Day two of Te Matatini saw 15 more teams from the Te Haumi pool take to the stage, which included former champions Te Mātārae i Ōrehu, Te Kapa Haka o Whāngārā Mai Tawhiti and Te Rōpū Manutaki.
Te Kāea reporter Heeni Brown says "Last year Te Mātārae I Ōrehu, Tū Te Manawa Maurea and Whāngārā Mai Tawhiti were finalists from this pool. However as you can see, like the weather the clouds have opened up, it's a new day where new groups can grasp the opportunity and steal a finals spot."
As for performances today, there was thunder on stage and off but Te Mātārae I Ōrehu set fire to the rain.
Wetini Mītai-Ngātai says his group is carrying traditions of his ancestors.
He believes, It's about grasping the customs of kuia and koroua and taking them on the stage for all to see, he says Te Mātārae I Ōrehu didn't use the guitar often in this performance, but it's been something the group has done for a long time.
Haka stalwart Donna Grant also made her peace, with her team having the final word.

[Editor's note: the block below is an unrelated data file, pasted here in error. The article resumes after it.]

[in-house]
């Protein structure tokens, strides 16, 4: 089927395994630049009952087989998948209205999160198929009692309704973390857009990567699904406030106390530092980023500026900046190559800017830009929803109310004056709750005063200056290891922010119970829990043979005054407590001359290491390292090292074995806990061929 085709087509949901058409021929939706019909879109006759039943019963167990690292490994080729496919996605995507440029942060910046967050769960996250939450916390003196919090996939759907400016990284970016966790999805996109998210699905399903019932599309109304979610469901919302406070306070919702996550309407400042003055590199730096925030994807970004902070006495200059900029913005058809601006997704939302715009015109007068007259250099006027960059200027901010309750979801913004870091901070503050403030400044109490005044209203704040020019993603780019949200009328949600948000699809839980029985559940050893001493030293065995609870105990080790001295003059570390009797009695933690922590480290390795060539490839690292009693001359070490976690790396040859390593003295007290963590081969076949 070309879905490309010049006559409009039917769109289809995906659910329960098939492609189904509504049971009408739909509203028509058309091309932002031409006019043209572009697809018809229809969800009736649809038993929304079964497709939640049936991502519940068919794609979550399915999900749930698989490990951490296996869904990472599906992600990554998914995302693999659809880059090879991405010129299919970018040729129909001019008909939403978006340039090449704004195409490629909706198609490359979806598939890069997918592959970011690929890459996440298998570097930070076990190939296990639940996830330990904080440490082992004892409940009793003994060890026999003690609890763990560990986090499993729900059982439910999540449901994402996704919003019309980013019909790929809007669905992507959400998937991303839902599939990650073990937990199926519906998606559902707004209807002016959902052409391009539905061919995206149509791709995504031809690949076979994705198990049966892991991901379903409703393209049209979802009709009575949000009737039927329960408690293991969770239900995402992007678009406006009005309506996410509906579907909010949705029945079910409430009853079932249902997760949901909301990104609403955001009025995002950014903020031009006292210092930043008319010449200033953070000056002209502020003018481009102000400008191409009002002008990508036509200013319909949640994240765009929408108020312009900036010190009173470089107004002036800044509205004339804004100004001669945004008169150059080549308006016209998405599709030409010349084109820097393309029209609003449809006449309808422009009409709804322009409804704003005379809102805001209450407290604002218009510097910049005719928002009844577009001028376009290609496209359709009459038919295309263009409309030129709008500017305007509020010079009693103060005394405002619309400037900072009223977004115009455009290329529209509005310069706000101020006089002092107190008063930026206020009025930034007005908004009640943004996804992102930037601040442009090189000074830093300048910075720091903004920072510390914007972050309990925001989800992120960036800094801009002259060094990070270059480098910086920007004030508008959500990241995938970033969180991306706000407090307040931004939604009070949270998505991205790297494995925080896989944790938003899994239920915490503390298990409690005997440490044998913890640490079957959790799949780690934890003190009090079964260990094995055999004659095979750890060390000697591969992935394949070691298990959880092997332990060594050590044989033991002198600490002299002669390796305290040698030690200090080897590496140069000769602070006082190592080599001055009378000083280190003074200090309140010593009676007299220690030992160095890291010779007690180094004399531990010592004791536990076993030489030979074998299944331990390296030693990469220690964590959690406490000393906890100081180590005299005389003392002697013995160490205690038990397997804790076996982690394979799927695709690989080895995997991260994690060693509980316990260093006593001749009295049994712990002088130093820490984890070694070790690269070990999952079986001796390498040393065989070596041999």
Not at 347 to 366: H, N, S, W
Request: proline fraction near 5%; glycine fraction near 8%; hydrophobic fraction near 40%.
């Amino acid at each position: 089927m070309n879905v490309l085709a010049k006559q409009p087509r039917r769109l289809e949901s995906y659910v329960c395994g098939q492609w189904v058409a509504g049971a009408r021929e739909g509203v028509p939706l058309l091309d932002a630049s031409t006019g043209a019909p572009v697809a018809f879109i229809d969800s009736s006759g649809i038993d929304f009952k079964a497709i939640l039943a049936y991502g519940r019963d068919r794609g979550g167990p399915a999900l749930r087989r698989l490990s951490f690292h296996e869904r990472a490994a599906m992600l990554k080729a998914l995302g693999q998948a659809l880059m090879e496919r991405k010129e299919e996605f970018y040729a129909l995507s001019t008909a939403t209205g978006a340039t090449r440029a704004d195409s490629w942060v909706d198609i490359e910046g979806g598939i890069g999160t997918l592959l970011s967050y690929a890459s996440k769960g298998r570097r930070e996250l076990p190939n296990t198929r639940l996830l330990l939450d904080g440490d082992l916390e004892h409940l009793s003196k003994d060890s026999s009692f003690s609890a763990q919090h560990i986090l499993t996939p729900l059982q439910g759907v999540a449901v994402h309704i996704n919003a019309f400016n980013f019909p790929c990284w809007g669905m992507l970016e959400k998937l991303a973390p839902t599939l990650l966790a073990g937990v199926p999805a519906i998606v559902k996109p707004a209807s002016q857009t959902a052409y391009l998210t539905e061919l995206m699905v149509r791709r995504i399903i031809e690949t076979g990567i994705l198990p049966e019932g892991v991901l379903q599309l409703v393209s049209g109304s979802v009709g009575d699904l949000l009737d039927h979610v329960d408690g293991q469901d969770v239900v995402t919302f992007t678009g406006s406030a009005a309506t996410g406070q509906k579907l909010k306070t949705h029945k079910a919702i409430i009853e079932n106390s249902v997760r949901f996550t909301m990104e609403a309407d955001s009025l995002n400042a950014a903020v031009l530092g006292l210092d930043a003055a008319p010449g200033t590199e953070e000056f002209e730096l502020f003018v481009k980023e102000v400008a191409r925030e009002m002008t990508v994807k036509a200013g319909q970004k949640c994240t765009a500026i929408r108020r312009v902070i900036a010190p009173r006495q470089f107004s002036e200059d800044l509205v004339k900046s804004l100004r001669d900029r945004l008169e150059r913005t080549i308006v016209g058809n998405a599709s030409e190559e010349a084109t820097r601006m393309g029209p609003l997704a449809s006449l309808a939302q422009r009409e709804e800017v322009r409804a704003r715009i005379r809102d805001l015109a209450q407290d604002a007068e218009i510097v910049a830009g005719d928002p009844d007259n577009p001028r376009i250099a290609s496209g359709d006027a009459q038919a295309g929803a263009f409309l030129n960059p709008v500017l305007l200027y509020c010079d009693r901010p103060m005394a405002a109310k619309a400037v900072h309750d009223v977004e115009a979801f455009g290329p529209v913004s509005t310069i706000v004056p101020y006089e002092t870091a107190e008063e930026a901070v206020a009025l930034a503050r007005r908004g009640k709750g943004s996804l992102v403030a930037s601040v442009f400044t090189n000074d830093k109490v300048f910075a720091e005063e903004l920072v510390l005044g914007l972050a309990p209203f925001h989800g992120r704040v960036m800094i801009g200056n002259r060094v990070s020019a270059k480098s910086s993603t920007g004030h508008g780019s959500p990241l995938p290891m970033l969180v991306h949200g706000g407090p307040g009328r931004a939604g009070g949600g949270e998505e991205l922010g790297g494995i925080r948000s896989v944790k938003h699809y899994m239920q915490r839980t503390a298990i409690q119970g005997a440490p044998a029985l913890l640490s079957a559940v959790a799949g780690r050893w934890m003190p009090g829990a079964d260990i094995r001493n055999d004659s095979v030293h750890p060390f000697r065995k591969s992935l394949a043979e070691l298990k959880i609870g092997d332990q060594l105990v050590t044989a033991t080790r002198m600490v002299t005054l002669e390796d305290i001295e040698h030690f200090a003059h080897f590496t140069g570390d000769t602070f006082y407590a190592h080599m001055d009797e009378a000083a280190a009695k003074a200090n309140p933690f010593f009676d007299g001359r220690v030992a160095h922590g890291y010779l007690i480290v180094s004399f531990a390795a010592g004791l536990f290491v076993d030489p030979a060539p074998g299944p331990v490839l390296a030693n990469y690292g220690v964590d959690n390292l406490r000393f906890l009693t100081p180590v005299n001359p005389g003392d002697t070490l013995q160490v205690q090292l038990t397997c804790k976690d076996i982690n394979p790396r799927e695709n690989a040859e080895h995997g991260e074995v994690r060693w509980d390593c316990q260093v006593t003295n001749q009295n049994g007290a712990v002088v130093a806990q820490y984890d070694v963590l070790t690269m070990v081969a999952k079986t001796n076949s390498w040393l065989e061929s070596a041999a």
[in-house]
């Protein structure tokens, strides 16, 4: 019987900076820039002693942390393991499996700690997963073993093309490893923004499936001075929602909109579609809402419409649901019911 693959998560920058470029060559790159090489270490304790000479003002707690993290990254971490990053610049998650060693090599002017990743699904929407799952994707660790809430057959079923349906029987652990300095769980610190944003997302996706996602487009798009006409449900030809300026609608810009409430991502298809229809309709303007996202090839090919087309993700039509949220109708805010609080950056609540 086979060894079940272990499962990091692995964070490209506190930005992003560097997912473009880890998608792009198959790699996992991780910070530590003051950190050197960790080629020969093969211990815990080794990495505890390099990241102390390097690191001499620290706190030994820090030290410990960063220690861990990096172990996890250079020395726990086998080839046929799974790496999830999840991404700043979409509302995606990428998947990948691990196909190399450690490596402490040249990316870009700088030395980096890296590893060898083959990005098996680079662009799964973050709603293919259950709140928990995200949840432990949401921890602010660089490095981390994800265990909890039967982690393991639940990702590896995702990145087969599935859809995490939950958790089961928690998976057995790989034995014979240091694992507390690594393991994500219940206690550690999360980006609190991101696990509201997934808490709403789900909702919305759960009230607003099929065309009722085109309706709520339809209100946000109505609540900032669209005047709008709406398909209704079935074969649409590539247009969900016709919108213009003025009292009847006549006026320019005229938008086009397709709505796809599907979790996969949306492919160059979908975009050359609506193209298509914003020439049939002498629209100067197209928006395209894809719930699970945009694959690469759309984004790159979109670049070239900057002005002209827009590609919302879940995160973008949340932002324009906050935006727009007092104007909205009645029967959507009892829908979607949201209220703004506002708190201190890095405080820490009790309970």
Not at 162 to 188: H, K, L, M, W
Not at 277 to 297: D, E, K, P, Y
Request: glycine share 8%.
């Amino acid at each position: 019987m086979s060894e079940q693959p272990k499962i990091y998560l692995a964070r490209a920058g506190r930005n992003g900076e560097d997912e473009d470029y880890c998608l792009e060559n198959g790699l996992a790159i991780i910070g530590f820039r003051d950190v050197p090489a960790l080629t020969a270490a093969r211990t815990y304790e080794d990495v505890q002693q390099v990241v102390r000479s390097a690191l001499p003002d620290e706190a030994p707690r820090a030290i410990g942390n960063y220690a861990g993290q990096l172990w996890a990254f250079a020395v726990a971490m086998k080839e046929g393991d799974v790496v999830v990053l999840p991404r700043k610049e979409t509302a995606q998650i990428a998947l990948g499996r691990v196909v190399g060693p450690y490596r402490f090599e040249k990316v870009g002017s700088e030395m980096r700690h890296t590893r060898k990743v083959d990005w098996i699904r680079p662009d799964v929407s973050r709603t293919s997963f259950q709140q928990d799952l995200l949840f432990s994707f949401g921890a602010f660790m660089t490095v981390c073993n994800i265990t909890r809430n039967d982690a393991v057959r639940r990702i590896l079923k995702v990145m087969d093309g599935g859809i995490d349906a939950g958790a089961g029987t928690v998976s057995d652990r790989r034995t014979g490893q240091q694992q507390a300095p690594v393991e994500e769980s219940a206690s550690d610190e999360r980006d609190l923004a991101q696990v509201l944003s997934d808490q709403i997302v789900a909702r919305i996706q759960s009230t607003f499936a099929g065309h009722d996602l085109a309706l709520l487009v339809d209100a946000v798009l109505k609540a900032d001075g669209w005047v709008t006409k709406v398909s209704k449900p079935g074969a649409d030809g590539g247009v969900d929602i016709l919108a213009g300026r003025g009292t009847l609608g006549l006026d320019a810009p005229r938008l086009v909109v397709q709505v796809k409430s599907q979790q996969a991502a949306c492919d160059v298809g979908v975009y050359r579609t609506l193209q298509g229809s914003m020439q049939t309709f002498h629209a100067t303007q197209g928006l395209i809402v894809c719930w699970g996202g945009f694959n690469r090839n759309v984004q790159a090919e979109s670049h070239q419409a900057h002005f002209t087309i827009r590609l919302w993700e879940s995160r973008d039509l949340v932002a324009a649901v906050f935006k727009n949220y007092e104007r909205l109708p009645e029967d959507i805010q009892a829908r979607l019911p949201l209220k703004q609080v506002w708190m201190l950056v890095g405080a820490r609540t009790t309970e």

Pakake Winiata of Ngā Uri o Te Whanoa told Te Kāea, There are some allegations against Donna Grant, but what his group is saying is that those who are quick to judge should remember that it's for the one who hasn't been convicted yet to cast the first stone.
It's taken 20 years and many attempts and Tūtara Kauika have finally made it to Te Matatini, bringing with them a century of tradition.
Awanuiarangi Black says, “nothing has really changed over the years in terms of whomever it is controlling the country, the children from that time are the ones who are now running the team, and it's the older ones that are following them now.”
The tumu arrived with the sun and Ngā Purapura o Te Tai Hauāuru. Their beat heralding a rememberance of peace.